Lead like a goose, not a buffalo

As newly ordained owner of The Nation, Victor Navasky decided he needed some serious coaching in how to rescue his venerable but ailing magazine.

So he went to business school. Harvard Business School. He learned a bunch.

Ultimately, though, Navasky says he went to Harvard believing he was a buffalo and came back hoping he could become a goose.

Before the program, Navasky says he’d assumed that in his new role as his company’s leader, his job would be to lead. Then he read a book called Flight of the Buffalo, which summed up what he was learning from his more progressive classmates: A good business doesn’t function like a herd of buffalo, “with loyal followers doing what the lead buffalo wants them to do, going where the leader wants them to go.” That’s how American settlers decimated the buffalo herds, he explains. They’d kill the lead buffalo. While the rest of the herd stood around wondering what to do, the settlers killed them, too.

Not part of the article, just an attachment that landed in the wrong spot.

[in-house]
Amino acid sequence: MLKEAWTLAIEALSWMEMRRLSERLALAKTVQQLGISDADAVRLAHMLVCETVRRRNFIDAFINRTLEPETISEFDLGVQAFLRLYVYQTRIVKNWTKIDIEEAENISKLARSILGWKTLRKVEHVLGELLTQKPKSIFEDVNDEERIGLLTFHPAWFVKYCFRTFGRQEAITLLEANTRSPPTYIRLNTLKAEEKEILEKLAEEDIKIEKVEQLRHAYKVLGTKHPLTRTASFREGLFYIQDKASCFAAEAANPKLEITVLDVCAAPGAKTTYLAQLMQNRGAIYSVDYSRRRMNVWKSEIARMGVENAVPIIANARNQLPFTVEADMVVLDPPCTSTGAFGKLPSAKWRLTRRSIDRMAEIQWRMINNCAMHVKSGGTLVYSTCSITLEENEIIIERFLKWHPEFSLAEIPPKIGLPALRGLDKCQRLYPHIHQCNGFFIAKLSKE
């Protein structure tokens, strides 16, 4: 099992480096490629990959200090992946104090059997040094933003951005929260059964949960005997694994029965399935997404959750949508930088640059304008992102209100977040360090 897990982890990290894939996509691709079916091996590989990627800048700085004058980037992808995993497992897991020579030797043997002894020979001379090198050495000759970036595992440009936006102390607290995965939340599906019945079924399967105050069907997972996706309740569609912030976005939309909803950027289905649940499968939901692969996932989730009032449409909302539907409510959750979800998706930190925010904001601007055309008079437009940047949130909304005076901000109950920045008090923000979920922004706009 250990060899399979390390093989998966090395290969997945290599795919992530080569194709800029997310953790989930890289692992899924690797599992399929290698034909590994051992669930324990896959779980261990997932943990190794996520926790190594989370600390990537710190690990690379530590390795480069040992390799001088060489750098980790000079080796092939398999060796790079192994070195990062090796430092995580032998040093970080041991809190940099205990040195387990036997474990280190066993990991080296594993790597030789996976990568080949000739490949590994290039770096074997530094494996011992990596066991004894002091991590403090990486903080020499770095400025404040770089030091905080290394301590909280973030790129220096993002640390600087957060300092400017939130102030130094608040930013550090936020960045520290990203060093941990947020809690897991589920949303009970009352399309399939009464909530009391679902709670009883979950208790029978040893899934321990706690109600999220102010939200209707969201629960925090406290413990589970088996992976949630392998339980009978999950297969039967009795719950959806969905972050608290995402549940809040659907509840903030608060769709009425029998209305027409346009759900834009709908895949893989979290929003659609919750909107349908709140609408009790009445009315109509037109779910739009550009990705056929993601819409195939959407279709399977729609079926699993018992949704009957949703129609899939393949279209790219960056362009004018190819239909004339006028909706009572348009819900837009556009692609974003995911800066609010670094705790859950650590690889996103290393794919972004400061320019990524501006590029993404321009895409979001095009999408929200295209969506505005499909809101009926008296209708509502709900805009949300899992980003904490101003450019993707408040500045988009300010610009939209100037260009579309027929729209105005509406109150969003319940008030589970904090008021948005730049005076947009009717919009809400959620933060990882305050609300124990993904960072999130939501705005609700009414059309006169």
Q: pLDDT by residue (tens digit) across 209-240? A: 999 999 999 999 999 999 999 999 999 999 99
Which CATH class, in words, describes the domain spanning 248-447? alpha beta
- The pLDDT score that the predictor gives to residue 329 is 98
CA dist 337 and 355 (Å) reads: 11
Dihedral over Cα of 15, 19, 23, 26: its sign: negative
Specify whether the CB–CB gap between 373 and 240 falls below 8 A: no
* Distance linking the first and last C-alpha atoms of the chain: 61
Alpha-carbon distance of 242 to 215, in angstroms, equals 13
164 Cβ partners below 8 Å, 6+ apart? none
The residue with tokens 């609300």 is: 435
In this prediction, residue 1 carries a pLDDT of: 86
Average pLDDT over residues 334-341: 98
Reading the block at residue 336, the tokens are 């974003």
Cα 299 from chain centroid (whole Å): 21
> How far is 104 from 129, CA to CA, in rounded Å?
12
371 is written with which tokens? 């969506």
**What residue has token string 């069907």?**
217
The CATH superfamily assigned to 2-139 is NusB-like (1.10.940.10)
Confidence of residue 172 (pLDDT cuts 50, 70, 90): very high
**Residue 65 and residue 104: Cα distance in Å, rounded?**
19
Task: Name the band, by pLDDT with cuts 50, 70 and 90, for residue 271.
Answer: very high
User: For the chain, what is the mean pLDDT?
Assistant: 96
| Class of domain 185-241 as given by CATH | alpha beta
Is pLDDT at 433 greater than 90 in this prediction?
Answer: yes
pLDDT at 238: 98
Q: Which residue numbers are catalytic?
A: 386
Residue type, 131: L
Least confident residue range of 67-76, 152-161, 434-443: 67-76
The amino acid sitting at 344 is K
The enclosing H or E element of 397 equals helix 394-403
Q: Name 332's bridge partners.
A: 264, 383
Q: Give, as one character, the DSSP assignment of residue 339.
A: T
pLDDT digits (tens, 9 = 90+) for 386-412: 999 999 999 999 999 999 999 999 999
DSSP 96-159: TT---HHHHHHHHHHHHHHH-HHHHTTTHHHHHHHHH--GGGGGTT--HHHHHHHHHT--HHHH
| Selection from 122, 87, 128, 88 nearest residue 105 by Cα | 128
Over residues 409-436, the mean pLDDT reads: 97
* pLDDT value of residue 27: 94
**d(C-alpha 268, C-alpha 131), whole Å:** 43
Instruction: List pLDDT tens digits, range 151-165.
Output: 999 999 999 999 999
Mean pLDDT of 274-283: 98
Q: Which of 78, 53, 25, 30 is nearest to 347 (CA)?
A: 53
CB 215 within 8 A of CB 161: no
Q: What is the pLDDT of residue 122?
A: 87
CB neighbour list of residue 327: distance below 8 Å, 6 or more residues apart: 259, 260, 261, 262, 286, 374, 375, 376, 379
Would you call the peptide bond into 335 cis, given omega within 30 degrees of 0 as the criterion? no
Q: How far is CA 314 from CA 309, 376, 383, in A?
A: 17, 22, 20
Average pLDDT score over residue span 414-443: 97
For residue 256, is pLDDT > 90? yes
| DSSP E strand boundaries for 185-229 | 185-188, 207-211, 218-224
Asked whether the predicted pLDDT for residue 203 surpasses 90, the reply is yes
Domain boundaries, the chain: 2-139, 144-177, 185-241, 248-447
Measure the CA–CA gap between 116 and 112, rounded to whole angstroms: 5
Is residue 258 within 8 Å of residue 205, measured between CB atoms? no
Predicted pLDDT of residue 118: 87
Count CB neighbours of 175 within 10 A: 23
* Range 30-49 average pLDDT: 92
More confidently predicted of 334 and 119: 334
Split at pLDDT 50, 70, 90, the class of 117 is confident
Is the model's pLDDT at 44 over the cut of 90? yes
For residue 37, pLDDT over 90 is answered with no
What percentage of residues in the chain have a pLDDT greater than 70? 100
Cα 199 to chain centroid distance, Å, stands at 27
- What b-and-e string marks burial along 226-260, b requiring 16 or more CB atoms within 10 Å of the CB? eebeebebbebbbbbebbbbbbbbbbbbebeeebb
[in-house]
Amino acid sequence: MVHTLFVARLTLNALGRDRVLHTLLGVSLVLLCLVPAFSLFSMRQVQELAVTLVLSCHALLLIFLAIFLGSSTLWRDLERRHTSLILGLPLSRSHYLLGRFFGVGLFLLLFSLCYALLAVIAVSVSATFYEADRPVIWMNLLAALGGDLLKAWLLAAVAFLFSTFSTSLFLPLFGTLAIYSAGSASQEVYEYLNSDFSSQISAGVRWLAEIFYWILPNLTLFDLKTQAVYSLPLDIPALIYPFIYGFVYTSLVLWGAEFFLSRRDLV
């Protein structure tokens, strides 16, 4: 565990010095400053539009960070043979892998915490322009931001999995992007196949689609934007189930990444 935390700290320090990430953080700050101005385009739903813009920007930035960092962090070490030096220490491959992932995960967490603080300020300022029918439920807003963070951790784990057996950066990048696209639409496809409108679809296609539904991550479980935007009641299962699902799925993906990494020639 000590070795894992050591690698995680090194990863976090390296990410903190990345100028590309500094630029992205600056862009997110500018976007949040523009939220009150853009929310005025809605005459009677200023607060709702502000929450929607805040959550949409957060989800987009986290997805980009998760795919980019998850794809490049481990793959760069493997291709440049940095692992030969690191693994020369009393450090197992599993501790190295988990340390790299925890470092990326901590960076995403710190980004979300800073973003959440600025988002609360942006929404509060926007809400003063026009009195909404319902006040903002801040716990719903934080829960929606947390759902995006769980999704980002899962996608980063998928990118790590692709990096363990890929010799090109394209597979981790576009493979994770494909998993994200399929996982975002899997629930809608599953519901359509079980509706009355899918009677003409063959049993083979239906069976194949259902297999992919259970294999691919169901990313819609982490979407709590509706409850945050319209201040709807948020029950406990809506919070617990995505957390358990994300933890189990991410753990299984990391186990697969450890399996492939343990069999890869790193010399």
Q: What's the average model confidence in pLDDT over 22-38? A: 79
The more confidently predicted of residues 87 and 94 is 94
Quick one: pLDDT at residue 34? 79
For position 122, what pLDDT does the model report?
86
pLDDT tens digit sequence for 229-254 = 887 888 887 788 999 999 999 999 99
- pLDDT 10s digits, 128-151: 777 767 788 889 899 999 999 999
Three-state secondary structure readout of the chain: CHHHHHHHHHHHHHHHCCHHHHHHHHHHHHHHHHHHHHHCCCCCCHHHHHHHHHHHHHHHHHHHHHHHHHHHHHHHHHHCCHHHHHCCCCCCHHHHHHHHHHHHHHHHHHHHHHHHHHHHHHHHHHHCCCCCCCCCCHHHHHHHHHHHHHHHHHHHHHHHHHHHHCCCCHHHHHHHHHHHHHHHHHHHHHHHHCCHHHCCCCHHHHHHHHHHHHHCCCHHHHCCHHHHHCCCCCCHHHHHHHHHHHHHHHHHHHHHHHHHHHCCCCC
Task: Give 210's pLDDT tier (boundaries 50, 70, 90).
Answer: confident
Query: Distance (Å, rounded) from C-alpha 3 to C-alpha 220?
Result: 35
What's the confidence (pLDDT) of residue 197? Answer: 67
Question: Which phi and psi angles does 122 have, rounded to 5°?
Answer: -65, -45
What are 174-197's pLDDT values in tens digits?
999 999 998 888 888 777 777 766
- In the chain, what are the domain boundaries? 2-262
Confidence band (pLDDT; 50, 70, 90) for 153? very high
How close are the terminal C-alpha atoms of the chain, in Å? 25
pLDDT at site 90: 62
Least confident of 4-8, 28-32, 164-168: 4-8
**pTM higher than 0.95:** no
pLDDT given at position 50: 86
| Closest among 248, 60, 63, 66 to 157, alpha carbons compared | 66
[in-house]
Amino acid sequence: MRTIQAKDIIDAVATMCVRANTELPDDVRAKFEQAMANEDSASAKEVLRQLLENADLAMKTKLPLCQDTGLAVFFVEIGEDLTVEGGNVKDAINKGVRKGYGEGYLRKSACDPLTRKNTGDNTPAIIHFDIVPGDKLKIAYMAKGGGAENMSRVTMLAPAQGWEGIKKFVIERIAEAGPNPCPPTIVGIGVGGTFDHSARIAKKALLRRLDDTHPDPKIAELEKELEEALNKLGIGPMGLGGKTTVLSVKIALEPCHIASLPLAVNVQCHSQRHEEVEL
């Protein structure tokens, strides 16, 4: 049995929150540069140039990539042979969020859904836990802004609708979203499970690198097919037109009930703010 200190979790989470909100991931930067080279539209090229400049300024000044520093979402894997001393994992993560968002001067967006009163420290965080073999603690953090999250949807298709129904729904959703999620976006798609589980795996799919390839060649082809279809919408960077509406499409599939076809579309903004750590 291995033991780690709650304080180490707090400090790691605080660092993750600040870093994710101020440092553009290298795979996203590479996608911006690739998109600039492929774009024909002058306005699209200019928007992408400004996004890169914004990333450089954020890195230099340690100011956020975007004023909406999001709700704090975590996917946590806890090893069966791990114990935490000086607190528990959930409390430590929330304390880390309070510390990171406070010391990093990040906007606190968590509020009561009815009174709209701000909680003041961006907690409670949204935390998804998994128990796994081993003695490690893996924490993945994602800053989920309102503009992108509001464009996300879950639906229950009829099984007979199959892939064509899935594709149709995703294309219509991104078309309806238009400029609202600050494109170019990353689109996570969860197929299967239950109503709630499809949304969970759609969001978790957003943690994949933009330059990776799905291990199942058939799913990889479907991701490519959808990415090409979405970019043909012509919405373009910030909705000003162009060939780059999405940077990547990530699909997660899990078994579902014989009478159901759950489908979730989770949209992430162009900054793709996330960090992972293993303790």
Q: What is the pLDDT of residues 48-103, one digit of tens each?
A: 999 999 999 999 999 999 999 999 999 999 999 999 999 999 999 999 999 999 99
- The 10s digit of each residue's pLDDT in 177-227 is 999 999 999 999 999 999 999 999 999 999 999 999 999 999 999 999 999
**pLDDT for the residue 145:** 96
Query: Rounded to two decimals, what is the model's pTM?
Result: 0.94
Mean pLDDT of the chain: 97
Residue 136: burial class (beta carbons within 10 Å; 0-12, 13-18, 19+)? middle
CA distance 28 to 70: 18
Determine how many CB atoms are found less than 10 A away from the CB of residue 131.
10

What a business actually needs, the book says and Navasky reports, is a flock of responsible, independent employees—like, say, a flock of geese, who fly in loose formation in the shape of a V. Within the organizational structure of geese, the leader constantly changes, so everybody knows how to lead.